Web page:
Planting Sequoias

In which I blog about a life (hopefully) well lived.


Sponge-Painted Thrift Store Art (in which I discuss my feelings on internet trolls and overcome selfishness once again all in the same post)

It’s a well-known fact that I have some pretty incredible friends. If you are reading this blog, I count you among that group, unless you are in fact a mean internet troll, in which case you should just get back under your bridge. Back! Back, I tell you! No one likes mean people!

I feel better now that I’ve gotten that out of the way. *breathesdeeply*

Where were we?

Oh, yes, friends. I HAVE THEM. Which is a source of constant amazement and gushy feelings but I already went on one tangent so I am NOT going to go there even though this tanget topic is obviously infinitely nicer than the previous one.

One of said friends once asked me to make her a piece of artwork.

I was so astonished and so flattered. It just so happens that this friend is one of the coolest people I know (she LONGBOARDS). And that astonished feeling was quickly replaced by some inadequacy feelings (yes, she is that cool). So I let several months go by before I acted.

But then the thrift store spurred me into action, as it often does. What would I do without other people’s cast offs? (Don’t contemplate that question for too long, husband. NOT going to happen.)

I found a sweet piece of cheap/fake vintage artwork…really just a piece of cardboard that happened to be colorful.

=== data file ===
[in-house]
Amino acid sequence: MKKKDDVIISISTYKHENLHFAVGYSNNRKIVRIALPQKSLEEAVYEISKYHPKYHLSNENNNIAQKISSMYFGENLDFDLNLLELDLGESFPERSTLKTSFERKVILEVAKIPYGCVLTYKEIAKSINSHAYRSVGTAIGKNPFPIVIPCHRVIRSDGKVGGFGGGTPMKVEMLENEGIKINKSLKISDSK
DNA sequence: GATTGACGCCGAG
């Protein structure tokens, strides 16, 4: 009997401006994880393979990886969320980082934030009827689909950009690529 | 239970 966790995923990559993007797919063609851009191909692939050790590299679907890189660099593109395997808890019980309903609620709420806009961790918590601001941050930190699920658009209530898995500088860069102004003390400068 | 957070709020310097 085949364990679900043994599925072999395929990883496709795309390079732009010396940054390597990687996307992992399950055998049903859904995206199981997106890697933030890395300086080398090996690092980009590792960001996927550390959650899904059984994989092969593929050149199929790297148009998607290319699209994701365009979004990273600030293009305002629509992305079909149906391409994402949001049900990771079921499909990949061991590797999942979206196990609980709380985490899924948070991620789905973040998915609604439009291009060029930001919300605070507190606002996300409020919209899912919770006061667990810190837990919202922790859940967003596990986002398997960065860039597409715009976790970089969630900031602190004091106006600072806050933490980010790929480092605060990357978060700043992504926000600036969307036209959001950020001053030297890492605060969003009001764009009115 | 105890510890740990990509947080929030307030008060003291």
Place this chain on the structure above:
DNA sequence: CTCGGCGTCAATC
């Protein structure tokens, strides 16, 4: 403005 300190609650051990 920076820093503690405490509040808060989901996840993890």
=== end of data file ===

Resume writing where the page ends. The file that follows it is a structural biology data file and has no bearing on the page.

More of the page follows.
And then I took a picture of it with a jar of paint and a sponge and a scissors on top of it.

supplies for sponge painting

I know, I know. You can’t really see the fake cardboard design. I’m the worst. But you can see that it had one issue there on the right side…the design was not centered and there was a nice off-white LINE on the side. I pondered what to do to cover it (since I knew I wouldn’t be able to cut it off nicely) and then I did this.

sponge paint thrift store art

Sponge painting/minty green triangles to the rescue! It didn’t completely cover the weird line but it definitely made it less noticeable.

Next I harnessed my shaky hands by sheer willpower and went to town with a quote.

add cursive lettering to thrift store art

I really have pretty bad penmanship, so the fact that this turned out this well is a small miracle. I found it easier to heap gobs of paint on my paintbrush, and that helped.

repurposed thrift store art

Then, I let it dry.

And I loved it.

And of course I wanted to keep it.

But if you’ve been to our apartment recently, you’ll see that there’s no more room in it for anything at all (except chocolate–always room for that), so my selfishness was squelched once again.

Karen, this is headed your way in 7-14 days. Congrats on the new (well, a few month’s ago) apartment. Also–I did not come up with the quote myself, which means you can interpret it how you’d like. But don’t forget that you have two adorable kittens at home. They might be sad if you do not come home for days at a time, so perhaps I should have written “take the medium-but-not-very-long way home” for you, but I was afraid that would not fit on the artwork.